El-Sayed ZA1, Hossny EM1, Reda SM1, El-Owaidy RH1, Aly N1, Yahia RM2
1Pediatric Allergy and Immunology unit, Children's Hospital, Ain Shams University, Cairo, Egypt
2Mohammed A Hamid Teaching Hospital for Paediatrics, Khartoum, Sudan.

Background: Chronic granulomatous disease (CGD) is a genetically heterogeneous disorder characterized by recurrent life-threatening bacterial and fungal infections and granuloma formation. Selective IgA deficiency (SIgAD) is one of the most common types of primary immunodeficiency, characterized by low serum levels of IgA (<5 mg/dL) in the presence of normal IgG and IgM. Coexistence of CGD and SIgAD is an interesting issue that is very rarely reported. Immunodeficiency and autoimmune phenomena may occur concomitantly in the same individual. The incidence of autoimmune disease in SIgAD varies between 7% and 36%, especially affecting the lungs and hematological parameters. Due to the persistent infections, patients with CGD could have high levels of immunoglobulins with several autoantibodies. More than 15% of the children with CGD suffer from autoimmune diseases

We report here a 13 year old boy, first order of birth of consanguineous parents whose condition started with recurrent attacks of chest infections and wheezes since the age of two weeks with recurrent hospital admissions and need for parental antibiotics therapy. The condition was associated with multiple skin abscesses. Patient was under built with weight and height below 5th centiles, with 3rd degree clubbing, pigeon shaped chest, moderate respiratory distress, pustular skin lesions mainly over extremities some of which were ulcerating (fig.1). Complete blood count showed neutrophilia (ANC: 20.9 x 103/uL) with thrombocytopenia (83 x 103/uL). He had also raised inflammatory markers (ESR: 115mm 1st hr; CRP: 48 mg/dl). Autoantibodies, namely, ANA, ASMA, and ANCA were positive. Serum immunoglobulin profile comprised very low IgA (3mg/dl). Immunophenotyping (CD19, CD4, CD8, and CD11b) was normal. The DHR test repeatedly showed marked reduction of oxidative response after stimulation with PMA (6%) with probable X-linked pattern. CT chest showed evidence of emphysematous changes and interstitial lung disease. Lung biopsy revealed congested edematous lung tissue with focal interstitial fibrosis and focal alveolar pneumonitis. Skin biopsy showed neutrophilic panniculitis and leukocytoclastic vasculitis. In addition to antibacterial and antifungal therapy, the patient was maintained on oral prednisone and methotrexate, but then was switched later to cyclophosphamide added to pulsed methyl prednisolone therapy due to rapidly progressive lung disease. There was no family history of similar condition of recurrent infections or autoimmune manifestations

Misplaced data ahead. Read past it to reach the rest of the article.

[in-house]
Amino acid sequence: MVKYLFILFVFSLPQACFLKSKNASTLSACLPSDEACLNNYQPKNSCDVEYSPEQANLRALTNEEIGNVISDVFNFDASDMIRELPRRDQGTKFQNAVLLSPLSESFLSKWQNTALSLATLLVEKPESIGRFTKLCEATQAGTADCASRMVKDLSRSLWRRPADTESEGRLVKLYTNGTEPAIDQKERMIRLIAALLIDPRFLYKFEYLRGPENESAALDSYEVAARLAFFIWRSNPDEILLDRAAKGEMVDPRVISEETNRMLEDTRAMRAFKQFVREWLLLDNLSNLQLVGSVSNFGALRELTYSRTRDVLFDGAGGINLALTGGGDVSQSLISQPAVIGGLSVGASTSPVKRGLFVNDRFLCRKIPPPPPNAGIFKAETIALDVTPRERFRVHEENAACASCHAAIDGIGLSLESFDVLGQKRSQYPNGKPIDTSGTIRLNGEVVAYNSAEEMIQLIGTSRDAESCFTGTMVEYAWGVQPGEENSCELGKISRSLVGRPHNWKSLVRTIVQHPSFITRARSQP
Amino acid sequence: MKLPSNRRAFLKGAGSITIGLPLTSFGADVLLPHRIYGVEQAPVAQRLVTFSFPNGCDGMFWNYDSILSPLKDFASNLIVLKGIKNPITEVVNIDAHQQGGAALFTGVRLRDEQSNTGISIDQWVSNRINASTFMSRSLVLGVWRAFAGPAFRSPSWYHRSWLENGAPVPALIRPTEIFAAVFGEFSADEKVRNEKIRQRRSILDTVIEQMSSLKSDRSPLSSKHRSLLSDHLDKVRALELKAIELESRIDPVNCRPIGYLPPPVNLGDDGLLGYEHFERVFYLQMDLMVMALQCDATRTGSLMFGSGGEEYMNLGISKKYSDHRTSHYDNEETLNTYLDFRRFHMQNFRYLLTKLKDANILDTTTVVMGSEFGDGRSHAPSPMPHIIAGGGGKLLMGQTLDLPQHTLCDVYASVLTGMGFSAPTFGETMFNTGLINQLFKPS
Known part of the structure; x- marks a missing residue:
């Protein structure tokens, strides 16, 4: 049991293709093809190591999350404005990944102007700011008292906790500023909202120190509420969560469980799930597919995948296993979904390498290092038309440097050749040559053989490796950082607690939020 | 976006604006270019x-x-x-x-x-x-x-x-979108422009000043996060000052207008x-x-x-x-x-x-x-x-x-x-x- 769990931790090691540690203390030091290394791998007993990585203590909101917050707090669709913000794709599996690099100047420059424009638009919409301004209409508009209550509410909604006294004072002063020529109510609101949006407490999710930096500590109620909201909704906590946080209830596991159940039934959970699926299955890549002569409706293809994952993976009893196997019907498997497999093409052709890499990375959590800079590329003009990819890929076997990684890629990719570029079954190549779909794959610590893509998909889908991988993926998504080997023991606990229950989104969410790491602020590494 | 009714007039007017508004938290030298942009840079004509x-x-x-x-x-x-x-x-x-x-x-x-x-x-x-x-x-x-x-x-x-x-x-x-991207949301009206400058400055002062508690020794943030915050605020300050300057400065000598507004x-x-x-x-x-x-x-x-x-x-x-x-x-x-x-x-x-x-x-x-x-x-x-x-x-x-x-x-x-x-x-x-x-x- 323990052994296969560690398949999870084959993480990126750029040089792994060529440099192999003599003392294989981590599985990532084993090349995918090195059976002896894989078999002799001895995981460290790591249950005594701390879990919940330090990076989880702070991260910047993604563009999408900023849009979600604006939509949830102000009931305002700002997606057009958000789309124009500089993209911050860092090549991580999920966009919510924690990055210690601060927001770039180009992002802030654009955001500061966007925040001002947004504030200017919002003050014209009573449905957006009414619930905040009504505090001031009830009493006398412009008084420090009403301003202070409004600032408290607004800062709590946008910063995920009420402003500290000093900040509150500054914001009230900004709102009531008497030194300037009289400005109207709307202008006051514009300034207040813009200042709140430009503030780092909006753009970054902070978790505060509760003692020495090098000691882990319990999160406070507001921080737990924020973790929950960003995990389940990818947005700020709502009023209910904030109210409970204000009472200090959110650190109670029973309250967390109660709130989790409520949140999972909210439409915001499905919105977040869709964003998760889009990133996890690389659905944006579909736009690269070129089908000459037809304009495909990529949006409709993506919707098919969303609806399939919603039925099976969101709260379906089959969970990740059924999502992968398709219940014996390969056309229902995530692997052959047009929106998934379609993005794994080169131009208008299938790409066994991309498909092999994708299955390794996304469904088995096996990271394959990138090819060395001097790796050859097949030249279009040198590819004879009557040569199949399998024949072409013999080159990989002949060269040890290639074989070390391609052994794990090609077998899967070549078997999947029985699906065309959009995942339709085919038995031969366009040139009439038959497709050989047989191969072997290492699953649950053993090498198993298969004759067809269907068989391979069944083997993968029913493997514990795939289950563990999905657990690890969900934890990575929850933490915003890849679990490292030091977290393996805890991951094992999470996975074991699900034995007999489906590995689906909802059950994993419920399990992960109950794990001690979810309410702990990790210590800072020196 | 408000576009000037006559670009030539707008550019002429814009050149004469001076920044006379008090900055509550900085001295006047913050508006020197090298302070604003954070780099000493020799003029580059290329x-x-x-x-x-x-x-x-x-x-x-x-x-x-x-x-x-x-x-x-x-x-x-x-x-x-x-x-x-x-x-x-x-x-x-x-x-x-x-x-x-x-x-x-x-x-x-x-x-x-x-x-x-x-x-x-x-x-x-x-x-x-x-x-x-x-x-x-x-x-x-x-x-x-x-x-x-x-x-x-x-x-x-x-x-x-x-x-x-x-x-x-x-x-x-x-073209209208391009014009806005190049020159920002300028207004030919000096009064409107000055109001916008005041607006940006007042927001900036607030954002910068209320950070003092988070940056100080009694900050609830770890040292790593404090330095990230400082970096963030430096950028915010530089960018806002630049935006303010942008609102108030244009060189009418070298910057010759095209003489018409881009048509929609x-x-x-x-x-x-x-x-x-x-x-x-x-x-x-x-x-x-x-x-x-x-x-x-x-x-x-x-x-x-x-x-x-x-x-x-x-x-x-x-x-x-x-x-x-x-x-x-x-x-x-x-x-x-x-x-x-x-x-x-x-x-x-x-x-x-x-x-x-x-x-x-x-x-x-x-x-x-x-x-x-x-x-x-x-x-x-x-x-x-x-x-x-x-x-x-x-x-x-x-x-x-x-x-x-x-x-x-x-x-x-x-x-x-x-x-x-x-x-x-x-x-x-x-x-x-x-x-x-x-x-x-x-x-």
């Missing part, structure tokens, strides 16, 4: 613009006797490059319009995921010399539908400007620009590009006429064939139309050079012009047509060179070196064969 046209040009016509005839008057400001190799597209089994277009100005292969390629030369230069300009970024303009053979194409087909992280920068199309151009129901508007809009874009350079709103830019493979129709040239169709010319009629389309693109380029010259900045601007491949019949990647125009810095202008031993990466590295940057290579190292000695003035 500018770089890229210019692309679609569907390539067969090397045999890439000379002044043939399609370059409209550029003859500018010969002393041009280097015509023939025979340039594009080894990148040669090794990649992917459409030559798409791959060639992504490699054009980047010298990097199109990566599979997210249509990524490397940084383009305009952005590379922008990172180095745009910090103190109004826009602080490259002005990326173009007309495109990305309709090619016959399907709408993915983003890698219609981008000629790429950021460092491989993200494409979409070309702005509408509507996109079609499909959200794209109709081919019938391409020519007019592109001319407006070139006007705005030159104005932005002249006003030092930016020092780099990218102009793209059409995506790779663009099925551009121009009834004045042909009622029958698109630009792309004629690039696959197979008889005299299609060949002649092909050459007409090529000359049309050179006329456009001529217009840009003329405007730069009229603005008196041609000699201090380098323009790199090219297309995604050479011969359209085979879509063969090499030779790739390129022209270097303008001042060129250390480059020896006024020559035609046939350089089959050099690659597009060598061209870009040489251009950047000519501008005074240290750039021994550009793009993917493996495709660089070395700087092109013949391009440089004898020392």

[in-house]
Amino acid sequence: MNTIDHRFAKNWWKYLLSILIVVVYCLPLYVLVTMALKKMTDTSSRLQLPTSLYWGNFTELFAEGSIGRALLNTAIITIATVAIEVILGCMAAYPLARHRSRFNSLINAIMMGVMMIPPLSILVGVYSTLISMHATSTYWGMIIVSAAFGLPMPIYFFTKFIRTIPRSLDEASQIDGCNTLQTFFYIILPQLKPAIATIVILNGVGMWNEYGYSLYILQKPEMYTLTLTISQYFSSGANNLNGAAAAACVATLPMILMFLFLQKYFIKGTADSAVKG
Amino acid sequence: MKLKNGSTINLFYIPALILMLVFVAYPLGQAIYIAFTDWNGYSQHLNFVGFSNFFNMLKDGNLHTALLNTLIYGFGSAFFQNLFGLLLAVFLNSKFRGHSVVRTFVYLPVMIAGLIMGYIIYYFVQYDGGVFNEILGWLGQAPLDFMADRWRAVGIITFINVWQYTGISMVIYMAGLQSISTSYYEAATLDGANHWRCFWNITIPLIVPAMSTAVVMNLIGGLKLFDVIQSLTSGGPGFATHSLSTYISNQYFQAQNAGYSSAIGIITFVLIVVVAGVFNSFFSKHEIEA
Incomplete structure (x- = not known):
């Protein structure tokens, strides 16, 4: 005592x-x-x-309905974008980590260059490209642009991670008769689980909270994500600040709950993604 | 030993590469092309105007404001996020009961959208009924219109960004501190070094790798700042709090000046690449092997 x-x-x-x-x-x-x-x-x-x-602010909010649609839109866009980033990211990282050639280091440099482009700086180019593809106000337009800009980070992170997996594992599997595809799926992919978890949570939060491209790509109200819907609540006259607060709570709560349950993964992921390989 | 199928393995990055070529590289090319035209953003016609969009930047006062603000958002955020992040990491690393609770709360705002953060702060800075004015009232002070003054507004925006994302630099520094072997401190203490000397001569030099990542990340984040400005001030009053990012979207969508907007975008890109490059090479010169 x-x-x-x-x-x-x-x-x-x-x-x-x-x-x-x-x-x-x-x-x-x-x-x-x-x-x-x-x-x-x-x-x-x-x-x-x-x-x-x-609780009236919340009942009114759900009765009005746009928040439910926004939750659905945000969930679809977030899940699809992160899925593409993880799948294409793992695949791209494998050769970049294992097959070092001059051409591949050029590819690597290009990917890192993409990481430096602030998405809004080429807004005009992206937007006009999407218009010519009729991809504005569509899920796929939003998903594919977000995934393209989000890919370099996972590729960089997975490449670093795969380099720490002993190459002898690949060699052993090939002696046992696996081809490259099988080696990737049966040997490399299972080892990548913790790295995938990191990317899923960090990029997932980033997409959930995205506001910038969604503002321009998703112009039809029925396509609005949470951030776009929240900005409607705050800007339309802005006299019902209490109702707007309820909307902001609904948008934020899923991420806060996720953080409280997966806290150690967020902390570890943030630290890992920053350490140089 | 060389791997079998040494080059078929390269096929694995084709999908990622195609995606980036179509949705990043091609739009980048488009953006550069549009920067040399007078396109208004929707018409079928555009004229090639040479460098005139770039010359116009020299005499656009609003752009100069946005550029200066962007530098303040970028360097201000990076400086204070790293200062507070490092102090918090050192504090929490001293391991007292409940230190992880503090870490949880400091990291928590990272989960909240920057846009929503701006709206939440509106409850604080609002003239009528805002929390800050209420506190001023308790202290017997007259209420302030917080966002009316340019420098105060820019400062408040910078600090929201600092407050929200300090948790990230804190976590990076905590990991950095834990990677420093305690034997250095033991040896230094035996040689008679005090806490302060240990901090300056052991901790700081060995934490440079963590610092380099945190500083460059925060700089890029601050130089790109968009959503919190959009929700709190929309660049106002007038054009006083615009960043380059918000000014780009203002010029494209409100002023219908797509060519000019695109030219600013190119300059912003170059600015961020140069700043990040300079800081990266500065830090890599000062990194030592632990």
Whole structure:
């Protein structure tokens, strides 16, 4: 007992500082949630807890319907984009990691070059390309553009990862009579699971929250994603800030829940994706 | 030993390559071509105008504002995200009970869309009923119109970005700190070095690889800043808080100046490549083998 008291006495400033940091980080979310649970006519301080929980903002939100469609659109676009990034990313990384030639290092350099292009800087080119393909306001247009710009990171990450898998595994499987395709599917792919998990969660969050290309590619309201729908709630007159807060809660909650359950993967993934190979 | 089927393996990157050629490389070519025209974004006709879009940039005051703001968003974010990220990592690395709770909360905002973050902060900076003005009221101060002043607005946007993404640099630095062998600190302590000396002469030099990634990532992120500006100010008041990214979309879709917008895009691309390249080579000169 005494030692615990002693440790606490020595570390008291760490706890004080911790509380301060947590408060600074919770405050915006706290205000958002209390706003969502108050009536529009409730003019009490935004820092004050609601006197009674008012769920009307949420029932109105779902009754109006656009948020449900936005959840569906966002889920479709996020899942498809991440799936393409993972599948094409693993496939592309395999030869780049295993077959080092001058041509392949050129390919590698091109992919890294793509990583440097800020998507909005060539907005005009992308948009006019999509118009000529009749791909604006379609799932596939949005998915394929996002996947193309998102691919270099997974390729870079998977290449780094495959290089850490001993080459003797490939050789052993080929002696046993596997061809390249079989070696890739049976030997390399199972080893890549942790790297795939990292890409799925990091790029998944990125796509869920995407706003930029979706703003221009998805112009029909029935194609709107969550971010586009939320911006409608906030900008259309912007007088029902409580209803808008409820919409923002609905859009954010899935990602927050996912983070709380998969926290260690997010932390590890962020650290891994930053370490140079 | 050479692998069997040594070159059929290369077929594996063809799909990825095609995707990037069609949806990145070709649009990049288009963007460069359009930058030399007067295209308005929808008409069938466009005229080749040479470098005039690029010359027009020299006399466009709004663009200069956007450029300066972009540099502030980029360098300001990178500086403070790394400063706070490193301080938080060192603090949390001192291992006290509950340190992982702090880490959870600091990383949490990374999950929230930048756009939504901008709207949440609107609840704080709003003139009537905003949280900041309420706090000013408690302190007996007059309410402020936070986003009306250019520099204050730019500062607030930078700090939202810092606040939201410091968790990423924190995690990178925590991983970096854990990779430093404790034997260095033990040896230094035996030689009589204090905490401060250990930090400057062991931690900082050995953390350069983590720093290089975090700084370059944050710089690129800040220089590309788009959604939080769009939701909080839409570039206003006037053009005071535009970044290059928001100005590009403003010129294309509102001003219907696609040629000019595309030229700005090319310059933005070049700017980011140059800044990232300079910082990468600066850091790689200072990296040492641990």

This case presents an example of the rare association between IgA deficiency and CGD that is associated with autoimmune pulmonary and cutaneous manifestations. Molecular studies are underway to identify the underlying genetic defect.

Figure 1: Skin lesions over the right leg with ulcerations and crust formation

Further readings:

  • Gerba WM, Miller DR, Pahwa S, Cunningham-Rundles C, Gupta S. Chronic granulomatous disease and selective IgA deficiency. Am J Pediatr Hematol Oncol1982;4(2):155-60.
  • Shamsian BS, Mansouri D, Pourpak Z, Rezaei N, Chavoshzadeh Z, Jadali F, Gharib A, Alavi S, Eghbali A, Arzanian MT. Autosomal recessive chronic granulomatous disease, IgA deficiency and refractory autoimmune thrombocytopenia responding to Anti-CD20 monoclonal antibody. Iran J Allergy Asthma Immunol2008;7(3):181-4.
  • Yel L. Selective IgA deficiency. J Clin Immunol2010;30(1):10-6.
  • De Ravin SS, Naumann N, Cowen EW, Friend J, Hilligoss D, Marquesen M, Balow JE, Barron KS, Turner ML, Gallin JI, Malech HL. Chronic granulomatous disease as a risk factor for autoimmune disease. J Allergy Clin Immunol2008;122(6):1097-103.


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